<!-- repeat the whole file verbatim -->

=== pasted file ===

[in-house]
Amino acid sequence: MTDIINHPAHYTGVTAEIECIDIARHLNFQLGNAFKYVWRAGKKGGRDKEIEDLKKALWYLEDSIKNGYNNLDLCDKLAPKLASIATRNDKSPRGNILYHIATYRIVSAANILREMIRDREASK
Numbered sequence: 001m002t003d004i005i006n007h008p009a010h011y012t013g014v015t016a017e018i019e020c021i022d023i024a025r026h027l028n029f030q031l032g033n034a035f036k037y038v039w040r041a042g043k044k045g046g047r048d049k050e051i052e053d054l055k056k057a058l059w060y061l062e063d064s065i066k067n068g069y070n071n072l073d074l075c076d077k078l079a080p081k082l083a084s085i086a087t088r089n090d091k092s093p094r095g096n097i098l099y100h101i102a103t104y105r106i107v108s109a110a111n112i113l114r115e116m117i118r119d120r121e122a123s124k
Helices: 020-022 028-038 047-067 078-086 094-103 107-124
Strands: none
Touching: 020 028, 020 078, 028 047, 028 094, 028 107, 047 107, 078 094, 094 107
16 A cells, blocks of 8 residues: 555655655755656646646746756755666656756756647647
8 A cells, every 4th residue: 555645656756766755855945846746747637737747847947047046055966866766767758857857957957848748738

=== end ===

[in-house]
Amino acid sequence: MTDIINHPAHYTGVTAEIECIDIARHLNFQLGNAFKYVWRAGKKGGRDKEIEDLKKALWYLEDSIKNGYNNLDLCDKLAPKLASIATRNDKSPRGNILYHIATYRIVSAANILREMIRDREASK
Numbered sequence: 001m002t003d004i005i006n007h008p009a010h011y012t013g014v015t016a017e018i019e020c021i022d023i024a025r026h027l028n029f030q031l032g033n034a035f036k037y038v039w040r041a042g043k044k045g046g047r048d049k050e051i052e053d054l055k056k057a058l059w060y061l062e063d064s065i066k067n068g069y070n071n072l073d074l075c076d077k078l079a080p081k082l083a084s085i086a087t088r089n090d091k092s093p094r095g096n097i098l099y100h101i102a103t104y105r106i107v108s109a110a111n112i113l114r115e116m117i118r119d120r121e122a123s124k
Helices: 020-022 028-038 047-067 078-086 094-103 107-124
Strands: none
Touching: 020 028, 020 078, 028 047, 028 094, 028 107, 047 107, 078 094, 094 107
16 A cells, blocks of 8 residues: 555655655755656646646746756755666656756756647647
8 A cells, every 4th residue: 555645656756766755855945846746747637737747847947047046055966866766767758857857957957848748738